Abstract A growing body of literature supports stigma and discrimination as fundamental causes of health disparities. Stigma and discrimination experienced by transgender people have been associated with increased risk for depression, suicide, and HIV. Transgender stigma and discrimination experienced in health care influence transgender people’s health care access and utilization. Thus, understanding how stigma and discrimination manifest and function in health care encounters is critical to addressing health disparities for transgender people. A qualitative, grounded theory approach was taken to this study of stigma in health care interactions. Between January and July 2011, fifty-five transgender people and twelve medical providers participated in one-time in-depth interviews about stigma, discrimination, and health care interactions between providers and transgender patients. Due to the social and institutional stigma against transgender people, their care is excluded from medical training. Therefore, providers approach medical encounters with transgender patients with ambivalence and uncertainty. Transgender people anticipate that providers will not know how to meet their needs. This uncertainty and ambivalence in the medical encounter upsets the normal balance of power in provider-patient relationships. Interpersonal stigma functions to reinforce the power and authority of the medical provider during these interactions. Functional theories of stigma posit that we hold stigmatizing attitudes because they serve specific psychological functions. However, these theories ignore how hierarchies of power in social relationships serve to maintain and reinforce inequalities. The findings of this study suggest that interpersonal stigma also functions to reinforce medical power and authority in the face of provider uncertainty. Within functional theories of stigma, it is important to acknowledge the role of power and to understand how stigmatizing attitudes function to maintain systems of inequality that contribute to health disparities.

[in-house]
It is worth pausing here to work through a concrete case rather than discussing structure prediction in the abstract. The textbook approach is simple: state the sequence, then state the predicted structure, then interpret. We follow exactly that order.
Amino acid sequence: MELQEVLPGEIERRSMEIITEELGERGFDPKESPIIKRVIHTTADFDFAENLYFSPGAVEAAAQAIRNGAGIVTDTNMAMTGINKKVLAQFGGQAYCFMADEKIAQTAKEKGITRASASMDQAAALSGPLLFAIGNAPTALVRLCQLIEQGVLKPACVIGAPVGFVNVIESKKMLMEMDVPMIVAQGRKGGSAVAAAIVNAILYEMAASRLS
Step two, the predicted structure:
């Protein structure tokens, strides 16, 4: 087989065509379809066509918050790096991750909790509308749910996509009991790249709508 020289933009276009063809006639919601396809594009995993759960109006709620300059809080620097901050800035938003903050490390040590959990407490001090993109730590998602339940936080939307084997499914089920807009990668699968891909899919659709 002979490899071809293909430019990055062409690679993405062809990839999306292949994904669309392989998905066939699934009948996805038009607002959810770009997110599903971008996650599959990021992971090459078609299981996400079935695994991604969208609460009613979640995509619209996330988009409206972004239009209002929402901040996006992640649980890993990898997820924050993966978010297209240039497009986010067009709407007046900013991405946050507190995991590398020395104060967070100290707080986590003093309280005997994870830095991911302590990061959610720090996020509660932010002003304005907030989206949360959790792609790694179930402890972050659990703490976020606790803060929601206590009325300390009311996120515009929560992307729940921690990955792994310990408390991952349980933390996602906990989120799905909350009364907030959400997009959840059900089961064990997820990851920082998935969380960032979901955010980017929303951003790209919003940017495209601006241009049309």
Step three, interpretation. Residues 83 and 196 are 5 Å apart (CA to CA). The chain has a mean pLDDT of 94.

Institute of Medicine (US) Committee on Understanding the Biology of Sex and Gender Differences, Theresa M. Wizemann, Mary-Lou Pardue, eds. Exploring the Biological Contributions to Human Health: Does Sex Matter? Washington, DC: The National Academies Press. https://doi.org/10.17226/10028.
Abstract One of the most compelling reasons for looking at what is known about the biology of sex differences is that there are striking differences in human disease that are not explained at this time.
Being male or female is an important basic human variable that affects health and illness throughout the life span. Differences in health and illness are influenced by individual genetic and physiological constitutions, as well as by an individual’s interaction with environmental and experiential factors. The incidence and severity of diseases vary between the sexes and may be related to differences in exposures, routes of entry and the processing of a foreign agent, and cellular responses. Although in many cases these sex differences can be traced to the direct or indirect effects of hormones associated with reproduction, differences cannot be solely attributed to hormones.
Therefore, sex should be considered when designing and analyzing studies in all areas and at all levels of biomedical and health-related research. The study of sex differences is evolving into a mature science. There is now sufficient knowledge of the biological basis of sex differences to validate the scientific study of sex differences and to allow the generation of hypotheses with regard to health. The next step is to move from the descriptive to the experimental phase and establish the conditions that must be in place to facilitate and encourage the scientific study of the mechanisms and origins of sex differences. Naturally occurring variations in sex differentiation can provide unique opportunities to obtain a better understanding of basic differences and similarities between and within the sexes.
Barriers to the advancement of knowledge about sex differences in health and illness exist and must be eliminated. Scientists conducting research on sex differences are confronted with an array of barriers to progress, including ethical, financial, sociological, and scientific factors.
The committee provides scientific evidence in support of the conclusions presented above and makes recommendations to advance the understanding of sex differences and their effects on health and illness.